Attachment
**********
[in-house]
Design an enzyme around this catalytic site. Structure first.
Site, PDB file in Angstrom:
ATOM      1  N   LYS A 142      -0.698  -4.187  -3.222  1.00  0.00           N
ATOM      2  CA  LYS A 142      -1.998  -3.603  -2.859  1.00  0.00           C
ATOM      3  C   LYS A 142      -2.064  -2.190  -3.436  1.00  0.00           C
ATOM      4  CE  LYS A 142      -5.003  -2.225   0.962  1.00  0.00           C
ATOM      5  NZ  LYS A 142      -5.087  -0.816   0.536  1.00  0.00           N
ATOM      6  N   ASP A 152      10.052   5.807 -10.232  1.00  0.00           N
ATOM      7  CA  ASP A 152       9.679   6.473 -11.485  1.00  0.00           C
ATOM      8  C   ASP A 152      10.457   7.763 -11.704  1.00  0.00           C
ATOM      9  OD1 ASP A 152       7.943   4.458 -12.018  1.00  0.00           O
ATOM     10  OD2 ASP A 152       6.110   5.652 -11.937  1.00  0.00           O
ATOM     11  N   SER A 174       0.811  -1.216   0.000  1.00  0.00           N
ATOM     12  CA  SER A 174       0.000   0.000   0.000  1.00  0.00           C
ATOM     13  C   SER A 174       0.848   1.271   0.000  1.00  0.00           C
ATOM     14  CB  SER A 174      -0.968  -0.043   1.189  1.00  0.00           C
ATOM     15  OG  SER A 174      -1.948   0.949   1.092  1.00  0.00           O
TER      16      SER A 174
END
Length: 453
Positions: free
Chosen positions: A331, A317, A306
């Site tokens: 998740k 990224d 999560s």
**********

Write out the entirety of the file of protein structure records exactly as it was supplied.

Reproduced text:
[in-house]
Design an enzyme around this catalytic site. Structure first.
Site, PDB file in Angstrom:
ATOM      1  N   LYS A 142      -0.698  -4.187  -3.222  1.00  0.00           N
ATOM      2  CA  LYS A 142      -1.998  -3.603  -2.859  1.00  0.00           C
ATOM      3  C   LYS A 142      -2.064  -2.190  -3.436  1.00  0.00           C
ATOM      4  CE  LYS A 142      -5.003  -2.225   0.962  1.00  0.00           C
ATOM      5  NZ  LYS A 142      -5.087  -0.816   0.536  1.00  0.00           N
ATOM      6  N   ASP A 152      10.052   5.807 -10.232  1.00  0.00           N
ATOM      7  CA  ASP A 152       9.679   6.473 -11.485  1.00  0.00           C
ATOM      8  C   ASP A 152      10.457   7.763 -11.704  1.00  0.00           C
ATOM      9  OD1 ASP A 152       7.943   4.458 -12.018  1.00  0.00           O
ATOM     10  OD2 ASP A 152       6.110   5.652 -11.937  1.00  0.00           O
ATOM     11  N   SER A 174       0.811  -1.216   0.000  1.00  0.00           N
ATOM     12  CA  SER A 174       0.000   0.000   0.000  1.00  0.00           C
ATOM     13  C   SER A 174       0.848   1.271   0.000  1.00  0.00           C
ATOM     14  CB  SER A 174      -0.968  -0.043   1.189  1.00  0.00           C
ATOM     15  OG  SER A 174      -1.948   0.949   1.092  1.00  0.00           O
TER      16      SER A 174
END
Length: 453
Positions: free
Chosen positions: A331, A317, A306
């Site tokens: 998740k 990224d 999560s």